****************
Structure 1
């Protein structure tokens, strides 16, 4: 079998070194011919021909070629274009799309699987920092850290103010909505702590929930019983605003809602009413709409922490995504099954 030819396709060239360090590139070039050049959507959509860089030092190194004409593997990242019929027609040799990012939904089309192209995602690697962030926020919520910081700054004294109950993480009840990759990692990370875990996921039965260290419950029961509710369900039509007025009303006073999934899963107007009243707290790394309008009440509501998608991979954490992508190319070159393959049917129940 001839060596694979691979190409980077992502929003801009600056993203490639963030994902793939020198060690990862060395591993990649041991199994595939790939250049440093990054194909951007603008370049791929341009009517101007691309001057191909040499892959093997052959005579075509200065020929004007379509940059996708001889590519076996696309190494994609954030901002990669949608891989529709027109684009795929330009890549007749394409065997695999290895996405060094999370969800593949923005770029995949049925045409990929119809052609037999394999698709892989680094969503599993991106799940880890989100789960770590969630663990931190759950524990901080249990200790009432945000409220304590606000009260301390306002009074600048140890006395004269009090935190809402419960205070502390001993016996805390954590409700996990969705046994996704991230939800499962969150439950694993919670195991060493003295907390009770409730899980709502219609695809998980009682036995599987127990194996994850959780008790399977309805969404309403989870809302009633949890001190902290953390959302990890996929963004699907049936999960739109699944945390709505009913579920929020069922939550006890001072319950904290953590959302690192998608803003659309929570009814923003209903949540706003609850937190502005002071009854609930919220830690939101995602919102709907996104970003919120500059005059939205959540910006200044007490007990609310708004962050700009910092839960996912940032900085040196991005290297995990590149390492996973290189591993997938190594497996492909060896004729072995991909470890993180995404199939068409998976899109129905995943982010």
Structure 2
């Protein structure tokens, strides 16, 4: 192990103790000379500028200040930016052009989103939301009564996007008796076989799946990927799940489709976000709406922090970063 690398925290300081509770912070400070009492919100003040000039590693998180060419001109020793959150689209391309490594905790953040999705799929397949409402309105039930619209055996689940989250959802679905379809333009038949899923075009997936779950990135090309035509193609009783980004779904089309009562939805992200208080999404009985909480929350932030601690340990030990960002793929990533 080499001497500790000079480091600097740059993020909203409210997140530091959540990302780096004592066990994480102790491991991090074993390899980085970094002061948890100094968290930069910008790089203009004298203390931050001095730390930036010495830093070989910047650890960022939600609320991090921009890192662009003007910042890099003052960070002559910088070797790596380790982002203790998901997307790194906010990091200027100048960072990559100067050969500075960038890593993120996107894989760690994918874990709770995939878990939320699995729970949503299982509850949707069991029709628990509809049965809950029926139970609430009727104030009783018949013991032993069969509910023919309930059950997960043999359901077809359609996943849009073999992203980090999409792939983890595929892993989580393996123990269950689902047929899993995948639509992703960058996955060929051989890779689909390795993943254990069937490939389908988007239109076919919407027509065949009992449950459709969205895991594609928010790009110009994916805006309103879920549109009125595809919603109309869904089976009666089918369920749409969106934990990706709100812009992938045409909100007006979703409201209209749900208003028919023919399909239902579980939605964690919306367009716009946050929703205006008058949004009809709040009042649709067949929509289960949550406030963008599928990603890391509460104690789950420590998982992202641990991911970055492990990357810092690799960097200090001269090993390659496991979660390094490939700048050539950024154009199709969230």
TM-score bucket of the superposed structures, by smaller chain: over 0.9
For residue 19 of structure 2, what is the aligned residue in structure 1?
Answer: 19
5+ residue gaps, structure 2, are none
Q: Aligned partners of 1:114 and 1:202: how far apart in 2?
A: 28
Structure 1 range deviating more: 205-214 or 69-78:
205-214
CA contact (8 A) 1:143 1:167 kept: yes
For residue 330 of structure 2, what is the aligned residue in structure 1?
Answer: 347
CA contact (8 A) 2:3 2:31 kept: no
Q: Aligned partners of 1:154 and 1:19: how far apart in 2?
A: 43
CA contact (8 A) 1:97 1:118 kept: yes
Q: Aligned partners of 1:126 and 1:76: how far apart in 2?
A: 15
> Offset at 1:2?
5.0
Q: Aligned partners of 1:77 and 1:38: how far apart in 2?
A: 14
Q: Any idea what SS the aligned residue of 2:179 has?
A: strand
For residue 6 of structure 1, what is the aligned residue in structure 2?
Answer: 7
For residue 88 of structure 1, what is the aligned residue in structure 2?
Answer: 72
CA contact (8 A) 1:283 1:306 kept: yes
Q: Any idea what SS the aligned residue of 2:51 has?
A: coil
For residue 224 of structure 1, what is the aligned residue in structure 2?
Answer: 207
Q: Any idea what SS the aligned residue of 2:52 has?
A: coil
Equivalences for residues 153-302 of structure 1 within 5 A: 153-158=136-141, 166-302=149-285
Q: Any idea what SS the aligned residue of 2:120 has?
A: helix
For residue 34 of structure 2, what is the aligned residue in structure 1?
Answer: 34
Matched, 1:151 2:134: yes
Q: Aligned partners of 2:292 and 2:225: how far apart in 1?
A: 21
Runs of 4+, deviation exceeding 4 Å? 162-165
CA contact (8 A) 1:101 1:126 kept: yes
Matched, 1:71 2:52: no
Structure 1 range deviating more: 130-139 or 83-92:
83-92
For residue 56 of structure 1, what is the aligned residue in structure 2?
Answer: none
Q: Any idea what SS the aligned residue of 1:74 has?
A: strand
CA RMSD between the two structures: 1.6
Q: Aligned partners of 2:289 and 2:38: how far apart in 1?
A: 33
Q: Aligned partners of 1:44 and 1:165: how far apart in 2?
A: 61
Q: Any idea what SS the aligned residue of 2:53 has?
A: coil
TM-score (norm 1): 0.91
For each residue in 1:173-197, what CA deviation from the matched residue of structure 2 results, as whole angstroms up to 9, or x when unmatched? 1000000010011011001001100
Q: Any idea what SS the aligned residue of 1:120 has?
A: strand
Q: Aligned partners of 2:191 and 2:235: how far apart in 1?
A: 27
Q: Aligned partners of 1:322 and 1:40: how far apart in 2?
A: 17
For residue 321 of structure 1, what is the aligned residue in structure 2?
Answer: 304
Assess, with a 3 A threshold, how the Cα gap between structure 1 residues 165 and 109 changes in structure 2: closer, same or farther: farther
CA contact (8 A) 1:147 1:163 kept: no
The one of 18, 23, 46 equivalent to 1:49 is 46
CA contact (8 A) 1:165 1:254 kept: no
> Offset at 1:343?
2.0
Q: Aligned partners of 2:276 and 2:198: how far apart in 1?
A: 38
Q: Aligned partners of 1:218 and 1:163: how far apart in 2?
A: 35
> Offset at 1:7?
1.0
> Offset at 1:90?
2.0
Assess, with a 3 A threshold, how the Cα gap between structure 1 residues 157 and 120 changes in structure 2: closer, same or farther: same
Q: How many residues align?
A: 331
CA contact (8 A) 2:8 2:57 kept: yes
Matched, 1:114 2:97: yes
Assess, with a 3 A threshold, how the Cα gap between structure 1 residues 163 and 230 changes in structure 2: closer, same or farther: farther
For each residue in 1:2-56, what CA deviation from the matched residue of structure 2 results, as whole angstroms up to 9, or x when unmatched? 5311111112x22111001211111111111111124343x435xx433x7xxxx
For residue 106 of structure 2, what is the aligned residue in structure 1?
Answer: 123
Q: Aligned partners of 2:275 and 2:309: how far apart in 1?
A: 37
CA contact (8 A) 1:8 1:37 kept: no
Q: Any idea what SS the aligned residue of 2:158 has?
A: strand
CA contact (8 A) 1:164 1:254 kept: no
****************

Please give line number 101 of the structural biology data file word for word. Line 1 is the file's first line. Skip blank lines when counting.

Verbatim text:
CA contact (8 A) 1:164 1:254 kept: no